More recently, skeletal muscle has also been recognized as a regulator of immune responses.30,31 Skeletal muscle cells modulate immune function by signaling through muscle cell-derived cytokines, termed myokines, cell surface molecules and cell-to-cell interactions. Myokines such as IL-6, IL-7 and IL-15 can modulate CD8+ T-cell homeostasis and promote survival and proliferation of naïve T and B cells.32-35 Sarcopenia, which describes the loss of skeletal muscle as a consequence of old age and cancer, is often found in cancer patients and has been linked to immune senescence.30
Despite rapidly growing evidence that adipose and muscle tissue play an important role in shaping immune responses, the influence of body composition in the context of CAR-T therapy remains poorly understood. Therefore, we aimed to investigate the impact of body composition on severity and dynamics of CRS and ICANS, as well as serum cytokine levels.
We performed a retrospective chart review of R/R large B-cell lymphoma (LBCL), B-cell precursor acute lymphoblastic leukemia (BCP-ALL) and mantle cell lymphoma (MCL) patients who underwent CAR-T at the University Hospital of the LMU Munich between 01/2019 until 08/2021. Patients received the commercial CAR-T products Axicabtagene ciloleucel (Axi-cel), Tisagenlecleucel (Tisa-cel), or received KTE-X19 in the compassionate use program for MCL. Patients received lymphodepleting chemotherapy (LDC) with fludarabine and cyclophosphamide according to the manufacturers’ instructions.2,3 CRS and ICANS were graded according to the American Society for Transplantation and Cellular Therapy (ASTCT) consensus criteria.6 All patients were closely monitored prospectively for CRS and ICANS from the day of CAR-T transfusion until at least day 21, or until symptoms resolved. Swimmers plots were generated via day-by-day recording of ASTCT grade according to the treating physicians’ discretion (Online Supplementary Figures S1 and S2). Heat maps were generated by cross-sectional analysis of the mean CRS/ICANS grade between days 0-21. Toxicity management followed institutional guidelines. Patients with CRS grade ≥2 and persistent CRS grade 1 (>24 hours) were treated with the anti-IL-6 receptor antagonist tocilizumab. In the absence of concurrent CRS or if ICANS was refractory to anti-cytokine therapy, corticosteroids were initiated for grade ≥2 ICANS. Clinical metadata was obtained with Institutional Review Board approval and included a waiver of informed consent.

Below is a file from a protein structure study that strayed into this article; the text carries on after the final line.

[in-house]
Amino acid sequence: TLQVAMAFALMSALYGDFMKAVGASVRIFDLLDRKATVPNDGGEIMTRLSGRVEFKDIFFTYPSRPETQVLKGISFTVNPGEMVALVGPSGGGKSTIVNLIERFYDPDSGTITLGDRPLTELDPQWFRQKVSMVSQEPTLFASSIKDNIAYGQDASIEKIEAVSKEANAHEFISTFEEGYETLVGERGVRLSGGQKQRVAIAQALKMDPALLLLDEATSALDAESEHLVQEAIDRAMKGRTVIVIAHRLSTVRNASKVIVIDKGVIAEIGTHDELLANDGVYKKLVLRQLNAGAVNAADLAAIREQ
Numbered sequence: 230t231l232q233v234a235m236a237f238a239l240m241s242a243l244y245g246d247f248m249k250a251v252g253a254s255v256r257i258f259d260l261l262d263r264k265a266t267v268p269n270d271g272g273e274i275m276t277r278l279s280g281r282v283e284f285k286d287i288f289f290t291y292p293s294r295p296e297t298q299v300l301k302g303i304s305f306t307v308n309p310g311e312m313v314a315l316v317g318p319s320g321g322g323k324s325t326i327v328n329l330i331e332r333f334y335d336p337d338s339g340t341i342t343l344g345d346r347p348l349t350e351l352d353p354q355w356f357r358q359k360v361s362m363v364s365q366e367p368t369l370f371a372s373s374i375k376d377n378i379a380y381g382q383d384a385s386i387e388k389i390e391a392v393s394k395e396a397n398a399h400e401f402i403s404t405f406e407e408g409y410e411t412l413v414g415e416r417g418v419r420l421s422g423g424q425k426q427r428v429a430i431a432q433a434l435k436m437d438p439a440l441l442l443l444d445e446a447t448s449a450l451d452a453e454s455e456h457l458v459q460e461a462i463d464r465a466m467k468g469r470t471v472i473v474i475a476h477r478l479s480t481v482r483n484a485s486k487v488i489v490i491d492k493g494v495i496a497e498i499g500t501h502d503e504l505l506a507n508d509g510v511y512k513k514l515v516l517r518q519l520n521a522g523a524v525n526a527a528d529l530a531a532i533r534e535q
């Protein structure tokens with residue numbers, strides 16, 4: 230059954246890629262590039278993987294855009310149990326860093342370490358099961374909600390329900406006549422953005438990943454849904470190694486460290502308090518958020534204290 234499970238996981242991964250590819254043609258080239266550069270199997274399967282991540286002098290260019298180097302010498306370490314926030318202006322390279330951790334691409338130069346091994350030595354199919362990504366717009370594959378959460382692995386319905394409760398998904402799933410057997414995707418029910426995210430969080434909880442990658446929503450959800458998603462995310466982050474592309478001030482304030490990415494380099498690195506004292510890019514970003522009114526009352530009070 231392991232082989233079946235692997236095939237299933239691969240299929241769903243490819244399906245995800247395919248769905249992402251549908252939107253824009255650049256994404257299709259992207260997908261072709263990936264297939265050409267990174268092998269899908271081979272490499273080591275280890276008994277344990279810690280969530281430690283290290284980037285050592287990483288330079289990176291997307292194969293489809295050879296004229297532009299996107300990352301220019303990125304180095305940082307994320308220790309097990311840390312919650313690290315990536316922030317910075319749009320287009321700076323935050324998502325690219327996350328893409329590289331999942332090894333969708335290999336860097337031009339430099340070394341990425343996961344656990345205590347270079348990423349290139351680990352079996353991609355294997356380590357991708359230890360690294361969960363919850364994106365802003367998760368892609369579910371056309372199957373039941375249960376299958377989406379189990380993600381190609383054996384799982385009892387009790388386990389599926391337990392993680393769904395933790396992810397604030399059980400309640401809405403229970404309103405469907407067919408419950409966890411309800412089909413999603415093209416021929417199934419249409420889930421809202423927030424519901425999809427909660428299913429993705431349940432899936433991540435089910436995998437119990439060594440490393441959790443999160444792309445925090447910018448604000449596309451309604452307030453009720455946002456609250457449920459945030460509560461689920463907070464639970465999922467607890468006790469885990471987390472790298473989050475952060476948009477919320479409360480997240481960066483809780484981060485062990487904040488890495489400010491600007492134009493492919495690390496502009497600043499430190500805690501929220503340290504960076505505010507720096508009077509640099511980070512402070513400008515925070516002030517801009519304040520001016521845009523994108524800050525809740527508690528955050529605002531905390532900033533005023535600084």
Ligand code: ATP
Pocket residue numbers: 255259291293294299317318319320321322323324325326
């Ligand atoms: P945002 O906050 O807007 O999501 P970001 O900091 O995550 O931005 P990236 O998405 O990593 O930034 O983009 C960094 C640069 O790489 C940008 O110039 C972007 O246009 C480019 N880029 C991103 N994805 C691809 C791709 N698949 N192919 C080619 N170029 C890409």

Measurements of body composition
Body composition (BC) analyses were performed using clinical records (weight, height) and computerized tomography (CT) scans (waist, adipose/muscle tissue distribution) obtained prior to CAR-T transfusion. The majority of patients received CT imaging on the day before LDC initiation (median imaging to LDC time -1 day, interquartile range [IQR] -4 to 0 days). Three anthropometric measures were included: body mass index (BMI), waist circumference (waist) and waist-to-height ratio (WtHR). Waist was derived from single CT slices.36 WtHR was calculated by dividing waist by height. For quantification of SAT, VAT and muscle tissue distribution (psoas muscle index [PMI] and skeletal muscle index [SMI]), segmentation analyses of single CT slices at lumbar spine 3 (L3) were performed. Muscle indices (PMI, SMI) were calculated by dividing mean muscle area by height. EAT content was quantified by calculating the mean EAT amount at the bottom, middle (4-chamber view) and top (left main coronary artery view) of the heart. Adipose and muscle tissue discrimination was based on predefined Hounsfield units (HU) ranges (-190 to -30 HU for SAT, -150 to -50 HU for VAT, -190 to -30 HU for EAT, -29 to +150 HU for PM/SM).36-38 Cross-sectional areas of respective tissues were computed for each image. Segmentation analyses were performed with ImageJ and the Slice-O-Matic software package (v5.0, Tomovision, Magog, Quebec, Canada). Waist was measured with ImageJ software (v2.0).
Analysis of cytokine dynamics
Baseline cytokine levels were determined prior to LDC (e.g., day -5). Peak CRP (mg/dL), IL-6 (pg/mL), and ferritin (µg/L) levels were measured daily from CAR-T transfusion until discharge and on subsequent outpatient visits. The total study time frame was day 0-21. Laboratory measurements were performed according to clinical standard procedures in the clinical laboratory of the University Hospital of the LMU Munich. The temporal analysis of IL-6 (pg/mL) over time was performed by computing the aggregated median value for each day between days 0-21. In order to distinguish differences between curves, mixed-effects analysis considering both time and effect size using the restricted maximum likelihood method was performed (GraphPad Prism v9.0).